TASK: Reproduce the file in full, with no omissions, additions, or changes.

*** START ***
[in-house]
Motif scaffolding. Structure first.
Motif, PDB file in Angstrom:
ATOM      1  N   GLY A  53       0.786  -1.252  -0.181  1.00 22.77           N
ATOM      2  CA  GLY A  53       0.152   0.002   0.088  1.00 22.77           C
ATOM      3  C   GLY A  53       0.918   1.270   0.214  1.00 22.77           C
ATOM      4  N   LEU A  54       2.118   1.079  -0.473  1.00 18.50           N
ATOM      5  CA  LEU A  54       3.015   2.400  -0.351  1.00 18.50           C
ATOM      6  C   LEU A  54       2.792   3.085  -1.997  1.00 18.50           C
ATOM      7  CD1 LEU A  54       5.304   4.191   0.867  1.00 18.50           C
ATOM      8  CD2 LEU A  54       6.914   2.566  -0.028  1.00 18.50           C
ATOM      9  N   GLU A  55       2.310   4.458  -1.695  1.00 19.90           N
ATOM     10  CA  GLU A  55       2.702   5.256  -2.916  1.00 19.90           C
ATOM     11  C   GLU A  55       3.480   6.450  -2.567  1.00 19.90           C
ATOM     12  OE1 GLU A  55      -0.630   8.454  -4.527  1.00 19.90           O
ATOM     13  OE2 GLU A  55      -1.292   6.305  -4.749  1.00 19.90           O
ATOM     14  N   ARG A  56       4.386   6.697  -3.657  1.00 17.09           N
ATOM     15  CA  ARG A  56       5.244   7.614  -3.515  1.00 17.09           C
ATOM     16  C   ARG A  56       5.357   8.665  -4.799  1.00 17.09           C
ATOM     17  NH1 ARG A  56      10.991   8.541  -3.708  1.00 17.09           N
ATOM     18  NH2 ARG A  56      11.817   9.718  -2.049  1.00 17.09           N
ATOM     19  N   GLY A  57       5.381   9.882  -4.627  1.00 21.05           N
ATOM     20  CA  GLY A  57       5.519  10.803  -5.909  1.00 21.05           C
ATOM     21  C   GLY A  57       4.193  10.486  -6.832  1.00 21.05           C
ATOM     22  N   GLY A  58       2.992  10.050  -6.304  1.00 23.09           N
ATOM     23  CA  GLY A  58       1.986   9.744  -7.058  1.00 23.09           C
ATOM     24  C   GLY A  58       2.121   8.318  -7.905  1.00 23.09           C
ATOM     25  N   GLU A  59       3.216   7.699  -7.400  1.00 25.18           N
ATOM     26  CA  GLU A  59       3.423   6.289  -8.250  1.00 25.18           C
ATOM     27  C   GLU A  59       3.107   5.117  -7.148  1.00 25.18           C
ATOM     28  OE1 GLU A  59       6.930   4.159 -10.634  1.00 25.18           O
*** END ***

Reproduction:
[in-house]
Motif scaffolding. Structure first.
Motif, PDB file in Angstrom:
ATOM      1  N   GLY A  53       0.786  -1.252  -0.181  1.00 22.77           N
ATOM      2  CA  GLY A  53       0.152   0.002   0.088  1.00 22.77           C
ATOM      3  C   GLY A  53       0.918   1.270   0.214  1.00 22.77           C
ATOM      4  N   LEU A  54       2.118   1.079  -0.473  1.00 18.50           N
ATOM      5  CA  LEU A  54       3.015   2.400  -0.351  1.00 18.50           C
ATOM      6  C   LEU A  54       2.792   3.085  -1.997  1.00 18.50           C
ATOM      7  CD1 LEU A  54       5.304   4.191   0.867  1.00 18.50           C
ATOM      8  CD2 LEU A  54       6.914   2.566  -0.028  1.00 18.50           C
ATOM      9  N   GLU A  55       2.310   4.458  -1.695  1.00 19.90           N
ATOM     10  CA  GLU A  55       2.702   5.256  -2.916  1.00 19.90           C
ATOM     11  C   GLU A  55       3.480   6.450  -2.567  1.00 19.90           C
ATOM     12  OE1 GLU A  55      -0.630   8.454  -4.527  1.00 19.90           O
ATOM     13  OE2 GLU A  55      -1.292   6.305  -4.749  1.00 19.90           O
ATOM     14  N   ARG A  56       4.386   6.697  -3.657  1.00 17.09           N
ATOM     15  CA  ARG A  56       5.244   7.614  -3.515  1.00 17.09           C
ATOM     16  C   ARG A  56       5.357   8.665  -4.799  1.00 17.09           C
ATOM     17  NH1 ARG A  56      10.991   8.541  -3.708  1.00 17.09           N
ATOM     18  NH2 ARG A  56      11.817   9.718  -2.049  1.00 17.09           N
ATOM     19  N   GLY A  57       5.381   9.882  -4.627  1.00 21.05           N
ATOM     20  CA  GLY A  57       5.519  10.803  -5.909  1.00 21.05           C
ATOM     21  C   GLY A  57       4.193  10.486  -6.832  1.00 21.05           C
ATOM     22  N   GLY A  58       2.992  10.050  -6.304  1.00 23.09           N
ATOM     23  CA  GLY A  58       1.986   9.744  -7.058  1.00 23.09           C
ATOM     24  C   GLY A  58       2.121   8.318  -7.905  1.00 23.09           C
ATOM     25  N   GLU A  59       3.216   7.699  -7.400  1.00 25.18           N
ATOM     26  CA  GLU A  59       3.423   6.289  -8.250  1.00 25.18           C
ATOM     27  C   GLU A  59       3.107   5.117  -7.148  1.00 25.18           C
ATOM     28  OE1 GLU A  59       6.930   4.159 -10.634  1.00 25.18           O